Inequality for All isn’t boring. Which is surprising, considering it’s a 90-minute documentary about the declining wage-earning capability of the American middle class, as explained through a series of lectures by Robert Reich, a former labor secretary under President Bill Clinton. It includes charts and graphs and at least one scene in which an economist points at a computer screen and talks about IRS tax data. But as a narrator, Reich is engaging and endearing—he continually makes corny, self-deprecating jokes about his height (he’s 4-foot-11)—and presents complex economic information in a way that neither confuses nor condescends.
Reich first met Clinton in 1968 during a Rhodes scholarship cruise across the Atlantic. When Reich became seasick, Clinton brought him chicken noodle soup. He left the Clinton administration in 1996 and has since become an economics professor at the University of California at Berkeley. According to Reich, the country’s housing crisis, recession, and slow recovery—and even the political stalemates in Washington—can be traced back to 1978. That’s when, because of factors such as the rise of globalization and shrinking union membership, income inequality started to rise. He’s written extensively about this issue; his 2010 book, Aftershock, is the inspiration for the movie.
In 1978, Reich says, the average male U.S. worker earned $48,000, adjusted for inflation, while the average member of the 1 Percent earned $390,000, or eight times as much. By 2010 that middle-class guy’s wages had declined to $33,000, while the 1 Percenter was making $1.1 million, or 33 times more. Reich says that the wealthiest 400 people in the country today have more money than the bottom 150 million Americans combined. The accuracy of these numbers can be debated—according to the U.S. Census Bureau, the median income for men in 1978 was actually $39,000. (The bureau agrees that it has since decreased to about $33,000.) But the gist is correct. The White House’s Council of Economic Advisers says that since 1970, the percentage of people who are middle class has fallen from 50 percent to 42 percent. And a 2012 report by the Congressional Research Service says that the wealthiest 10 percent of households went from controlling 67 percent of the country’s wealth in 1989 to almost 75 percent in 2010.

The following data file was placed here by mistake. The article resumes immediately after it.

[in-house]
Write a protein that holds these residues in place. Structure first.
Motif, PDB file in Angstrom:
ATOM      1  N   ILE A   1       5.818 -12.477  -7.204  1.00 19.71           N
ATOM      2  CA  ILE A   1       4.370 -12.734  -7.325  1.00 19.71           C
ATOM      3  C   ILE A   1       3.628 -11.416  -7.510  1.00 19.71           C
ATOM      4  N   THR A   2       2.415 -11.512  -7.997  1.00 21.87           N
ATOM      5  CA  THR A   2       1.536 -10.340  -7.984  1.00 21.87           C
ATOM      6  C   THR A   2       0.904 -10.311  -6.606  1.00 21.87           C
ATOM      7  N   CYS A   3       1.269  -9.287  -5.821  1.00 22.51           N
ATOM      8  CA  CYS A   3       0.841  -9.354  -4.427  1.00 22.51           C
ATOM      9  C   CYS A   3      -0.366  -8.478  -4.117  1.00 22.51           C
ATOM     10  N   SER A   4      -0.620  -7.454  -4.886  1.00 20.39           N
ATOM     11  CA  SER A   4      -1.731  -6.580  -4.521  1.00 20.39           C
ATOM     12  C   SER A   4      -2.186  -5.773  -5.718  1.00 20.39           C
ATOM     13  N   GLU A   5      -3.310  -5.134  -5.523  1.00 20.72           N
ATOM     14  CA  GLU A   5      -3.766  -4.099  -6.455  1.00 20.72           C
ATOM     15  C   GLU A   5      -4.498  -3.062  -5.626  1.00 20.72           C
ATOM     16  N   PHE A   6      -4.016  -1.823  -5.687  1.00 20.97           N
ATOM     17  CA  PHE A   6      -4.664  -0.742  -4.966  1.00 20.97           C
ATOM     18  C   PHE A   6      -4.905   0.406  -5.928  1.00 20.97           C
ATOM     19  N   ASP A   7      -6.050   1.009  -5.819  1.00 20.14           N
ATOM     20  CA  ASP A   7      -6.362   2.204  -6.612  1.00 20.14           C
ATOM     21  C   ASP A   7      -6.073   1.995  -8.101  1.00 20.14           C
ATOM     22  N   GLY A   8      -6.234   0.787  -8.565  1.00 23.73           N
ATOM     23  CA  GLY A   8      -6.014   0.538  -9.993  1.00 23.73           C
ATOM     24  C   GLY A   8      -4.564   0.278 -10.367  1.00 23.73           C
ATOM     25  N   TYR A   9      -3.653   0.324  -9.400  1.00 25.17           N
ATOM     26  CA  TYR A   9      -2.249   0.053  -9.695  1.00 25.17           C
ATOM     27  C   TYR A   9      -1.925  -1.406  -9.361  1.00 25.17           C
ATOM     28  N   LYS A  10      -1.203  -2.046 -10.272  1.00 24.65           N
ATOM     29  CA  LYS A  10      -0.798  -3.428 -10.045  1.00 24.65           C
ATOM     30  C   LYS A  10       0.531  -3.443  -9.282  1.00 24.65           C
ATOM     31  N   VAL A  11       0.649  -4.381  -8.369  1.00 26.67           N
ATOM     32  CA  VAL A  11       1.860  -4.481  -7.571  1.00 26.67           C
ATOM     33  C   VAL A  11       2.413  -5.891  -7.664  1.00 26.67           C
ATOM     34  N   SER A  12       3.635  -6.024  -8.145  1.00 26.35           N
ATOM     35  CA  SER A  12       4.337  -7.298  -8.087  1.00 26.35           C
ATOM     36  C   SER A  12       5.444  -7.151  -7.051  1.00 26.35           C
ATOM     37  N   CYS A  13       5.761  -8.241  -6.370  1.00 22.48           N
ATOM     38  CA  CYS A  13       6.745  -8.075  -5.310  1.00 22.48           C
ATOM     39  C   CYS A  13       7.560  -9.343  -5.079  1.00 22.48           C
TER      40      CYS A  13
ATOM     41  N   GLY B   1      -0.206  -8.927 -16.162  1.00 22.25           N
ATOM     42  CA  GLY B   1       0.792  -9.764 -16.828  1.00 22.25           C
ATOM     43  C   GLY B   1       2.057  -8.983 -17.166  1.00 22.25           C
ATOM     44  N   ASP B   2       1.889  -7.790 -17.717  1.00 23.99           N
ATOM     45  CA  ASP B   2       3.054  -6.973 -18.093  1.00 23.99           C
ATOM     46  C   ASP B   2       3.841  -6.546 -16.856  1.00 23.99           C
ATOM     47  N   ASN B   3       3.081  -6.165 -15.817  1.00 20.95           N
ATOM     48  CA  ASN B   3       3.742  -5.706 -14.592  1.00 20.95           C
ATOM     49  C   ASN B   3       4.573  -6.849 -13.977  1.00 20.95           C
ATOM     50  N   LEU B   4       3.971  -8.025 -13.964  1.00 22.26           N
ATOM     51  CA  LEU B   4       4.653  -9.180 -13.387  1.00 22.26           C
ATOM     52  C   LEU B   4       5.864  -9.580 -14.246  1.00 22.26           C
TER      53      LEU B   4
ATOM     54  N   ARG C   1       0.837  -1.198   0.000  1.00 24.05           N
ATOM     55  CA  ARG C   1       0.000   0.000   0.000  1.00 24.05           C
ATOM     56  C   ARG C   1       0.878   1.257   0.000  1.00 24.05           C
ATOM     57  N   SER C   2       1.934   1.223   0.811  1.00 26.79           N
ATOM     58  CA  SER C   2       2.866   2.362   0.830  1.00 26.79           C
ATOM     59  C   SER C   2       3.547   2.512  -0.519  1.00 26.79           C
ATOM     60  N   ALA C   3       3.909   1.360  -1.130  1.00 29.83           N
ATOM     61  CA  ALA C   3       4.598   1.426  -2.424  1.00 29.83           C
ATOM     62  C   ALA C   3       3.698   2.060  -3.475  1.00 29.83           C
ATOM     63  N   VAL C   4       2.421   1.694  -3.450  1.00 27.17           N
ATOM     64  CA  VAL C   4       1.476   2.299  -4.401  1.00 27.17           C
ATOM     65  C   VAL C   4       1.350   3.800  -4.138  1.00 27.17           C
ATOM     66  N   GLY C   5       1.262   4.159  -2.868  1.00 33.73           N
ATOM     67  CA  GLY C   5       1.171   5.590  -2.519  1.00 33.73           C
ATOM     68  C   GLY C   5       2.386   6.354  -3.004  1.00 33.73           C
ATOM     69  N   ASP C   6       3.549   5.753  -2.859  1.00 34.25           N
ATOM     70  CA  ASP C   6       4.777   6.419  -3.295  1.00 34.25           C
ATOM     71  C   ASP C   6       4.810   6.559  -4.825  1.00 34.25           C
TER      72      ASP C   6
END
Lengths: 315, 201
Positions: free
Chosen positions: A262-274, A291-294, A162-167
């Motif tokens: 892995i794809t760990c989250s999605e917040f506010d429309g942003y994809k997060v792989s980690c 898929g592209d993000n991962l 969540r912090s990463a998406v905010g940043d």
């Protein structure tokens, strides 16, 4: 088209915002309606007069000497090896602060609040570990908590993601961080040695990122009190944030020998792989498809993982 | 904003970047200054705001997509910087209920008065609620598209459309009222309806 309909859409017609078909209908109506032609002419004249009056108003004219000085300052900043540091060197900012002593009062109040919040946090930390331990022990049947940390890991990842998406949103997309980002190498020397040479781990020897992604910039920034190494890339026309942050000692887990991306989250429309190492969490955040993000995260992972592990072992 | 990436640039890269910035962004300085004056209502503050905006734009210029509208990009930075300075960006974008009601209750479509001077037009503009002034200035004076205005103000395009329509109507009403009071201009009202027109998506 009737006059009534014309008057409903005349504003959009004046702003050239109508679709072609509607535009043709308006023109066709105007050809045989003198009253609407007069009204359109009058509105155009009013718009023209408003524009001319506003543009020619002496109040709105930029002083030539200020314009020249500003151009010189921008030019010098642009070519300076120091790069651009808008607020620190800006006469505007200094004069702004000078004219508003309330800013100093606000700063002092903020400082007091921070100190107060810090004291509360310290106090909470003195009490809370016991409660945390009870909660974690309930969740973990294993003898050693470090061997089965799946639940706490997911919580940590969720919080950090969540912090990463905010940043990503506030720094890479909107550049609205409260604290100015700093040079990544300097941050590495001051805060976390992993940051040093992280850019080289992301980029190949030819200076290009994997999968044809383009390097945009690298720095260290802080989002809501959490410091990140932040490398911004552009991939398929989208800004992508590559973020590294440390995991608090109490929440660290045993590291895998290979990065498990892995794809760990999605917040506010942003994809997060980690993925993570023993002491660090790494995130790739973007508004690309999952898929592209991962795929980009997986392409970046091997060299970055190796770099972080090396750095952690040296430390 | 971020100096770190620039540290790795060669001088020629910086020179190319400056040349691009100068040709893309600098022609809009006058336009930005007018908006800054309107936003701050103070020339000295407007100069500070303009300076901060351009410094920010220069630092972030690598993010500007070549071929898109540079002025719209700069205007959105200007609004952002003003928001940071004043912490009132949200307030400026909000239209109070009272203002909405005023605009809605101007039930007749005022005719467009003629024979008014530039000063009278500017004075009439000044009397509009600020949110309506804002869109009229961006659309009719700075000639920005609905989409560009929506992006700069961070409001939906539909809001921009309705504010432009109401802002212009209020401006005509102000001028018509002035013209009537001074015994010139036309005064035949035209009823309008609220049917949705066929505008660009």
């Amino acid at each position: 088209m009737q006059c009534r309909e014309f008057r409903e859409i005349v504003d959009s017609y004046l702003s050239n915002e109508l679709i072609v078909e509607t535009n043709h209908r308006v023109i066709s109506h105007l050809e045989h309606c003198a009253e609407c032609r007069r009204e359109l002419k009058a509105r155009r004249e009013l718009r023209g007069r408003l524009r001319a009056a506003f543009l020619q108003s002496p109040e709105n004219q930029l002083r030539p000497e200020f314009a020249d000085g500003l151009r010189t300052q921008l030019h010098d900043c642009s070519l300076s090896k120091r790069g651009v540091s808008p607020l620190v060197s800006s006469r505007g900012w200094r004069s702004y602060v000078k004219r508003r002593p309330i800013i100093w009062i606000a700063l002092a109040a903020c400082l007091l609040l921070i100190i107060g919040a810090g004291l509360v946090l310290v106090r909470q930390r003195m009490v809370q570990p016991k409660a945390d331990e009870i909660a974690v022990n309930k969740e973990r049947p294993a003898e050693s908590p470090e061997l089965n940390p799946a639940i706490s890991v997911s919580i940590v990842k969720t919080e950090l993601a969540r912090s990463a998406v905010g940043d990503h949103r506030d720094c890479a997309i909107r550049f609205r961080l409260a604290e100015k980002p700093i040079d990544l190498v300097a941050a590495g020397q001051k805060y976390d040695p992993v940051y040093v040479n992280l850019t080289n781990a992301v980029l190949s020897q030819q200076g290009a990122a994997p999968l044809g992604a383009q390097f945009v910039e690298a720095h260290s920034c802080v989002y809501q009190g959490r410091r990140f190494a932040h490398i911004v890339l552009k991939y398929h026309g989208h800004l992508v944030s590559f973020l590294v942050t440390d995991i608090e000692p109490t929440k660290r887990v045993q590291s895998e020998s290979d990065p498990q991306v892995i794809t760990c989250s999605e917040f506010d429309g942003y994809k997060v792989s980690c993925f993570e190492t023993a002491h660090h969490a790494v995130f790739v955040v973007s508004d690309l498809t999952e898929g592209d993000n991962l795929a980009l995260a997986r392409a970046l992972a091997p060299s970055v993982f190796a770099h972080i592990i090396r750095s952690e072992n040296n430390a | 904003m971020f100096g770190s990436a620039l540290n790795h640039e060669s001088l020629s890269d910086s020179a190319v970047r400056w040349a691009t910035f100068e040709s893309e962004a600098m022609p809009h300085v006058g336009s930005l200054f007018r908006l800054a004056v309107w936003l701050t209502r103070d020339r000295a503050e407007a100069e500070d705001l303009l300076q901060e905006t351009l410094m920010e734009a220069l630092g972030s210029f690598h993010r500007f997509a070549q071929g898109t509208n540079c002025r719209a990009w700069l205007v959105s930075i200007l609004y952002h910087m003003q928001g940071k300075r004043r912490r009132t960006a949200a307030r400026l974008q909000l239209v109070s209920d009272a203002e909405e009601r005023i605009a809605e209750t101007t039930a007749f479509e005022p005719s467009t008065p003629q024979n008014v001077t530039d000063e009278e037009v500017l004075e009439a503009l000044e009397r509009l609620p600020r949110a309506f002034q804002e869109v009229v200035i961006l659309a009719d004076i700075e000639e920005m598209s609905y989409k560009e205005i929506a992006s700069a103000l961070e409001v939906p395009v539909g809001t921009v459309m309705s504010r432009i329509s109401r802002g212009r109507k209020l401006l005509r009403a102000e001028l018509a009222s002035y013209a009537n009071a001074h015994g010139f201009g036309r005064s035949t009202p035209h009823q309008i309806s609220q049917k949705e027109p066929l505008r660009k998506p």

Inequality for All touches on the consequences of such a divided economy in somewhat expected ways. It follows around a struggling Costco employee who makes $21 an hour and can barely afford to support her family. It features Nick Hanauer, the benevolent billionaire who observes that his feather pillow company relies on a middle-class customer base. “Even the richest people sleep on one or two pillows,” he says. There are clips of Warren Buffett asking for his taxes to be raised, again.
The strongest moments aren’t the personal sob stories but the explanations of the abstract economic trends that allowed them to happen. Take that student loan debt: According to Reich, increased globalization meant jobs that didn’t require college degrees were outsourced overseas, making a degree more important to people’s future success. Recently, many public universities have seen a reduction in their state funding, leaving them to raise tuition—which, given stagnant or declining wages in the U.S., makes it more difficult for middle-class families to afford. In the 1960s, public college tuition was about 4 percent of median family income; today it’s almost 25 percent, according to Reich. People still need that degree, and they pay for it any way they can, usually by going into debt.
The film stops short of assigning blame. Wall Street isn’t even mentioned until almost halfway through, and Reich says several times that 1 Percenters shouldn’t be faulted for wanting to stay as 1 Percentery as possible. The only person he seems mad at is Ronald Reagan, for busting up the unions in the 1980s. To that end, director Jacob Kornbluth is organizing a grass-roots campaign for labor unions to hold viewing parties when the film is released. He has said he hopes to launch a movement.
Despite his occasionally defeated tone, Reich remains confident that America will move in the right direction. “Anyone who feels cynical about social progress,” he says at the end of the film, as images of the women’s suffrage movement flash on the screen, should “just consider where we have been.”